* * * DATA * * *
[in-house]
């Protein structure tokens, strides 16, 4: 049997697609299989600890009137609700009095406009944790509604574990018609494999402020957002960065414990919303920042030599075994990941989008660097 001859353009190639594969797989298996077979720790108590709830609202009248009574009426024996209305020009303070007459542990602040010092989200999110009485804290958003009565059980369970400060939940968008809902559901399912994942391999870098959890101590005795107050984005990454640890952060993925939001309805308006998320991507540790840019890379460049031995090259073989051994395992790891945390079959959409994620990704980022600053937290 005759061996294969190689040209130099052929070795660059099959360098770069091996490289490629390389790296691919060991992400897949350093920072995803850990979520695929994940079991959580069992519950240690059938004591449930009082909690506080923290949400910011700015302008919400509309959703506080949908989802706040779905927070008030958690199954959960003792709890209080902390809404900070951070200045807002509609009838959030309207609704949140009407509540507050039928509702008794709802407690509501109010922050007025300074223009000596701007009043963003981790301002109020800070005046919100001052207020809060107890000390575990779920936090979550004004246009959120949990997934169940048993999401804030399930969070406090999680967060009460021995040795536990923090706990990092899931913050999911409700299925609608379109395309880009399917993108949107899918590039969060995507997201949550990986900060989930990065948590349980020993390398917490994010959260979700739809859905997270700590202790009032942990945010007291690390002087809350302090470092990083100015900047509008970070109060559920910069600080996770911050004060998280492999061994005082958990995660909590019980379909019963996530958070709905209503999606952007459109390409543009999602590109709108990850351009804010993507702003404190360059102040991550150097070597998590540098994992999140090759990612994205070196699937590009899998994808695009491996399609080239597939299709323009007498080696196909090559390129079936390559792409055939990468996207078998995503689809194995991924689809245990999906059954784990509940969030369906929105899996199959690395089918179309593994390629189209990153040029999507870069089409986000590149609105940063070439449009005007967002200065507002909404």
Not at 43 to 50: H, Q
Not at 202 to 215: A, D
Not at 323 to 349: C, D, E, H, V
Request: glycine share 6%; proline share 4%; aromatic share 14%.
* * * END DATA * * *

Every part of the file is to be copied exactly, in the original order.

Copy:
[in-house]
């Protein structure tokens, strides 16, 4: 049997697609299989600890009137609700009095406009944790509604574990018609494999402020957002960065414990919303920042030599075994990941989008660097 001859353009190639594969797989298996077979720790108590709830609202009248009574009426024996209305020009303070007459542990602040010092989200999110009485804290958003009565059980369970400060939940968008809902559901399912994942391999870098959890101590005795107050984005990454640890952060993925939001309805308006998320991507540790840019890379460049031995090259073989051994395992790891945390079959959409994620990704980022600053937290 005759061996294969190689040209130099052929070795660059099959360098770069091996490289490629390389790296691919060991992400897949350093920072995803850990979520695929994940079991959580069992519950240690059938004591449930009082909690506080923290949400910011700015302008919400509309959703506080949908989802706040779905927070008030958690199954959960003792709890209080902390809404900070951070200045807002509609009838959030309207609704949140009407509540507050039928509702008794709802407690509501109010922050007025300074223009000596701007009043963003981790301002109020800070005046919100001052207020809060107890000390575990779920936090979550004004246009959120949990997934169940048993999401804030399930969070406090999680967060009460021995040795536990923090706990990092899931913050999911409700299925609608379109395309880009399917993108949107899918590039969060995507997201949550990986900060989930990065948590349980020993390398917490994010959260979700739809859905997270700590202790009032942990945010007291690390002087809350302090470092990083100015900047509008970070109060559920910069600080996770911050004060998280492999061994005082958990995660909590019980379909019963996530958070709905209503999606952007459109390409543009999602590109709108990850351009804010993507702003404190360059102040991550150097070597998590540098994992999140090759990612994205070196699937590009899998994808695009491996399609080239597939299709323009007498080696196909090559390129079936390559792409055939990468996207078998995503689809194995991924689809245990999906059954784990509940969030369906929105899996199959690395089918179309593994390629189209990153040029999507870069089409986000590149609105940063070439449009005007967002200065507002909404």
Not at 43 to 50: H, Q
Not at 202 to 215: A, D
Not at 323 to 349: C, D, E, H, V
Request: glycine share 6%; proline share 4%; aromatic share 14%.